Meet Andrew Chappelle, Broadway Actor
If you follow Ouidad on Instagram, you might recognize Andrew Chappelle from his hilarious Stories takeover from backstage at the monster Broadway hit Hamilton. As a member of the show’s original cast, the NYC-based actor has made a name for himself on the stage (previous roles in Mamma Mia! and Priscilla, Queen of the Desert round out his résumé). We spoke to Chappelle to find out what it’s like to have a dream job like his, and the secret to his amazing curly hair.
You have a really unique role at Hamilton where you play multiple characters, can you tell us about that?
I am what’s called a principal standby. So my job is to essentially show up to the theater whether they need me or not, and if they do need me, I am ready to perform at any moment the roles of Hercules Mulligan/James Madison, Marquis de Lafayette/Thomas Jefferson, John Laurens/Philip Hamilton, Aaron Burr, and King George III.
Is it hard to remember all those parts?
It was a gradual experience for me, because I had the extreme fortune of joining Hamilton when it was in its off-Broadway run, when they started rehearsals for the Public Theater. So I was able to watch the people who originated the parts learn the parts, and I was also learning the parts. Every day I would go to rehearsal, and I would sit and be a sponge – I would listen to everything that was said, I would watch everything that was there to watch, and every day on the subway I would listen to the vocal parts, and then I would come in the next day and repeat. Over time all the information gets in your head, and now each of these parts is like a second skin to me.
01.03.18 Hamilton and Burr. @donaldwebber and I have known each other since high school. We shared the goal of becoming professional actors. For years we worked professionally in different productions but never in the same show. Until @hamiltonmusical. Today we played opposite each other as leading men on the broadway stage of a musical we both believe in. Your dreams are valid.
How did being a part of the show change your life?
It opened my mind, it opened my heart. I’ve met some lifelong friends doing the show. It’s like, one person can make an impact on your life, and then you meet 15 impactful people, your life changes exponentially even more. And so that was what Hamilton was for me and continues to be for me.
How did you and the rest of the cast feel when you saw the show becoming so successful?
I knew the moment I heard the demos on my phone, that it was going to be a success. But I did not know the magnitude. I didn’t even know it was going to be on Broadway, I just thought it was going to be something that people were talking about in New York. You never know – there are so many shows that are fantastic and people don’t know about them. And the thing I think that is really special and amazing about Hamilton is that it’s an extraordinary piece of art and people have realized it while it is around for them to go and see it. I think that’s very rare.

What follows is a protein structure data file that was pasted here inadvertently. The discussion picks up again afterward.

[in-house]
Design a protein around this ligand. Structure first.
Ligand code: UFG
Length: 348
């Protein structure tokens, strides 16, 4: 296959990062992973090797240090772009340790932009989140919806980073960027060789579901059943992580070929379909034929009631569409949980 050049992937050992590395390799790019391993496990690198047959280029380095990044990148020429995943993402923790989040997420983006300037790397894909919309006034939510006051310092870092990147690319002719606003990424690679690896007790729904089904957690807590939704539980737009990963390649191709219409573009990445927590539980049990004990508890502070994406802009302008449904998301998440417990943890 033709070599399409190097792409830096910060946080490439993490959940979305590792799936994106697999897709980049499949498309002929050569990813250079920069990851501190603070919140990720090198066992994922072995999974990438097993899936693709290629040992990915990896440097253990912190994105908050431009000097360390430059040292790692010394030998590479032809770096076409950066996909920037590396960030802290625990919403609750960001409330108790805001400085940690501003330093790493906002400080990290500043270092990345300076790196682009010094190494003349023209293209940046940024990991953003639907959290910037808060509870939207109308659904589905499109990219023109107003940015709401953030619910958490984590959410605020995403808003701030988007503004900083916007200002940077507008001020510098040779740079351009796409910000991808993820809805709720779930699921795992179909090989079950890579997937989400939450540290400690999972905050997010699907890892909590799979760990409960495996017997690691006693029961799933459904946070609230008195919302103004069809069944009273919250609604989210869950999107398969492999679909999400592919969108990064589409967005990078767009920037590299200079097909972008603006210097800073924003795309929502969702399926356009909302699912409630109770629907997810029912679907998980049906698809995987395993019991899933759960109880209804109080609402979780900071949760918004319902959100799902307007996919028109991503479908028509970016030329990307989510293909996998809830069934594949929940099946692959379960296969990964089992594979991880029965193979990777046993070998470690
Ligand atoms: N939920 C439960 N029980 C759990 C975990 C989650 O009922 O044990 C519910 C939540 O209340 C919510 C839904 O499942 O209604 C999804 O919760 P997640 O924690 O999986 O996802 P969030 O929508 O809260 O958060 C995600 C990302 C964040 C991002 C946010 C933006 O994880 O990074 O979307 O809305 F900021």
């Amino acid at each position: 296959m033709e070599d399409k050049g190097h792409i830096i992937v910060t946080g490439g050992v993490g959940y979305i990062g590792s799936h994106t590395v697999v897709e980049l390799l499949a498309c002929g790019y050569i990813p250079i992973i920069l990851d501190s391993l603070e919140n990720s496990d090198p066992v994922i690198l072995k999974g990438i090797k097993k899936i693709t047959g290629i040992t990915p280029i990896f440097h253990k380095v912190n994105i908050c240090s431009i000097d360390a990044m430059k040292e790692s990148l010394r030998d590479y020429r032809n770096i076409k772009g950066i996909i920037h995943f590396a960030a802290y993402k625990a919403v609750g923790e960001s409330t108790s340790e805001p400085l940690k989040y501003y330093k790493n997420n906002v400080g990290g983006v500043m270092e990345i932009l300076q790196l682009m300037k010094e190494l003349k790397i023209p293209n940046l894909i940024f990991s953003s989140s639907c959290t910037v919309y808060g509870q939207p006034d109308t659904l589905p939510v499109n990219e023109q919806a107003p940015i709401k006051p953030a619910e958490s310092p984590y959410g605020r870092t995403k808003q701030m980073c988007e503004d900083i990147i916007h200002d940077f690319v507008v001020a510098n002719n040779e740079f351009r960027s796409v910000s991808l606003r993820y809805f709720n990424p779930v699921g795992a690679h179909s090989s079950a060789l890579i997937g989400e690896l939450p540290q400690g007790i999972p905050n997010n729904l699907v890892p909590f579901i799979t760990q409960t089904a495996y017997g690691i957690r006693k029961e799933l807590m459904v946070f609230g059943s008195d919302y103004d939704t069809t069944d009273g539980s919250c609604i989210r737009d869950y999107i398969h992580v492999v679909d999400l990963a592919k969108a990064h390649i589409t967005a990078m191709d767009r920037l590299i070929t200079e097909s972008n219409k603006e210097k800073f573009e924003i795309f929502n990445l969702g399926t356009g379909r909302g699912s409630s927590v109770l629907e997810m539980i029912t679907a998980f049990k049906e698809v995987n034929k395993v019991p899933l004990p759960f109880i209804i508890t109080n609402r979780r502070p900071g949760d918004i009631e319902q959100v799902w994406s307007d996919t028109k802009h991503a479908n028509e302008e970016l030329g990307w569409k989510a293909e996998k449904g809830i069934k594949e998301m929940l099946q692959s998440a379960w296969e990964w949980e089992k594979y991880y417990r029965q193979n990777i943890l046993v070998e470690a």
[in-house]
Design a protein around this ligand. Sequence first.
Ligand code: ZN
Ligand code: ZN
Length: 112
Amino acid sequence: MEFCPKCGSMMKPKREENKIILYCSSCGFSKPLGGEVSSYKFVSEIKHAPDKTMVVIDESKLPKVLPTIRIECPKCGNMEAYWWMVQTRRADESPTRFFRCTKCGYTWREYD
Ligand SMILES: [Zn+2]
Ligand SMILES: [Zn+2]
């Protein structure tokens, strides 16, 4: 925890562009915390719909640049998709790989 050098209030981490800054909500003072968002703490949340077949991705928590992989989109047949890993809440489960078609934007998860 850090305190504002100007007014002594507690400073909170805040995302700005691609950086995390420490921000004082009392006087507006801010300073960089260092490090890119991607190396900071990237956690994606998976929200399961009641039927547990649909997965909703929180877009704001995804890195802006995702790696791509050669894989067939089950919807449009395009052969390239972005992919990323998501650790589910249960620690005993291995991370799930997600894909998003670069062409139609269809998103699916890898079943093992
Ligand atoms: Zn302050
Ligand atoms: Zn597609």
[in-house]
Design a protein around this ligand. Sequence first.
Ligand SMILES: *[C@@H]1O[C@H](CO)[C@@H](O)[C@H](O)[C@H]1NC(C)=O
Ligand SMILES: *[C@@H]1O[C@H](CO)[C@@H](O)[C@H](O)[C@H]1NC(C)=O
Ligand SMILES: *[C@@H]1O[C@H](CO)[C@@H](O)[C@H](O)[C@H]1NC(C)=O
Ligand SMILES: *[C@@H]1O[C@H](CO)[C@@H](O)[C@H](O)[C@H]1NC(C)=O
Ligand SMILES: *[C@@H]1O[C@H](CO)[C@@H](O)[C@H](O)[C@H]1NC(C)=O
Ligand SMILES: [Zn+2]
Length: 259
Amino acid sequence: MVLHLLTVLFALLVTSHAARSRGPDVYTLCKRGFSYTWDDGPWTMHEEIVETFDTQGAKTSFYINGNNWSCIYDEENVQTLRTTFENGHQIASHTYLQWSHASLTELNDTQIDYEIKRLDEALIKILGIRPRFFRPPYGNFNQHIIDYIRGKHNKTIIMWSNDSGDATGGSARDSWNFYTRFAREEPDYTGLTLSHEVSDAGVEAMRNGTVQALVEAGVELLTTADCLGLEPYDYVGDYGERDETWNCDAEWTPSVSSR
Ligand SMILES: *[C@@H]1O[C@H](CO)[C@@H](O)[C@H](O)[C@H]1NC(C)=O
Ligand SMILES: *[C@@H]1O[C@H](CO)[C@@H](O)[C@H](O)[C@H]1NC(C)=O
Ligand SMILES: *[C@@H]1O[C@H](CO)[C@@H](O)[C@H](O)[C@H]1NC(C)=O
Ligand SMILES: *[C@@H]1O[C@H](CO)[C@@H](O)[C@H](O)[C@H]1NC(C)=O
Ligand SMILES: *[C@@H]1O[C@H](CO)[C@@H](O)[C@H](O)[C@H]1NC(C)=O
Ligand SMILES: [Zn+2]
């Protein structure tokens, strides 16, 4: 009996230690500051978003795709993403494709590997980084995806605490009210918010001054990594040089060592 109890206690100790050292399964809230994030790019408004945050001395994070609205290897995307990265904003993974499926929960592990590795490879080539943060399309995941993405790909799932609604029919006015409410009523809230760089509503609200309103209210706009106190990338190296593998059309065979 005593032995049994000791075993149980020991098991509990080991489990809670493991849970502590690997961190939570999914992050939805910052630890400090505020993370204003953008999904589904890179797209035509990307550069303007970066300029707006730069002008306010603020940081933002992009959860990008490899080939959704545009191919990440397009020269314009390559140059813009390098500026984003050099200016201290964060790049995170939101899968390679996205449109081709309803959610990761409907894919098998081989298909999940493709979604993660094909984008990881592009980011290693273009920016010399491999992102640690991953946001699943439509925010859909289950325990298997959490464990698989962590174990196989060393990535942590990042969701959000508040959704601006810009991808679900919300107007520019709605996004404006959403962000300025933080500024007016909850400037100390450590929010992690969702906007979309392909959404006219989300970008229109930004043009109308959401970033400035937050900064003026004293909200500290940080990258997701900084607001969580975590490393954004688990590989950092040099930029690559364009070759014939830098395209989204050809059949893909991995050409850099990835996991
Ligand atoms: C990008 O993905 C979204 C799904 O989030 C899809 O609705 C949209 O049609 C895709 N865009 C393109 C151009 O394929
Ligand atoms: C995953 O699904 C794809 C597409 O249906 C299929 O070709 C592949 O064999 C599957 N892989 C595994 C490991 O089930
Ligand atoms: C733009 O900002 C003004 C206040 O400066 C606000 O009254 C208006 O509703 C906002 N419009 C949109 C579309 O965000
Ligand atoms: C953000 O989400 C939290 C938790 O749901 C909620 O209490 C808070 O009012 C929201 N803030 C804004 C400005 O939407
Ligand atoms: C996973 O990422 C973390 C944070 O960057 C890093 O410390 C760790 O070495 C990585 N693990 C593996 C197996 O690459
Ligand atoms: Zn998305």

Can you reveal anything surprising that goes on backstage?
I think something that’s very unique to Hamilton is that a lot of our men wear wigs, because a lot of them are bald-headed [offstage]. The wigs are fantastic in our show, especially for the guys. Some of these wigs are like cornrows and all different types of hairstyles. I wear my natural hair in the show, though.
How would you describe your curls?
Tight but not afraid to have a good time. [laughs]
What does your haircare routine look like? Do you do your own hair before shows?
Yes, I do my own hair. When I’m on for Lafayette/Jefferson, my hair’s back in a little knob. And when I’m on for Jefferson, it’s wild. I rely on bobby pins and my blow dryer and my Advanced Climate Control Heat & Humidity Gel. I prep my hair in the morning – I take my shower and I use the Advanced Climate Control shampoo and conditioner, and then I put in the gel in if I need to, and I go about my day and let it air dry. And by the time I go to the show, it’s ready to style however it needs to be styled.
Do you have any advice for someone who’s looking to get into an acting career or end up on Broadway?
I always think about that moment right before Hamilton [when I hadn’t booked work for 9 months]. What if I had decided that my last audition was the one before Hamilton and I hadn’t auditioned? So that’s what I always tell people – just stay in it. Keep going – and this could apply to any profession. You just persevere and keep your eyes on the prize, and eventually, you see returns on your investment.
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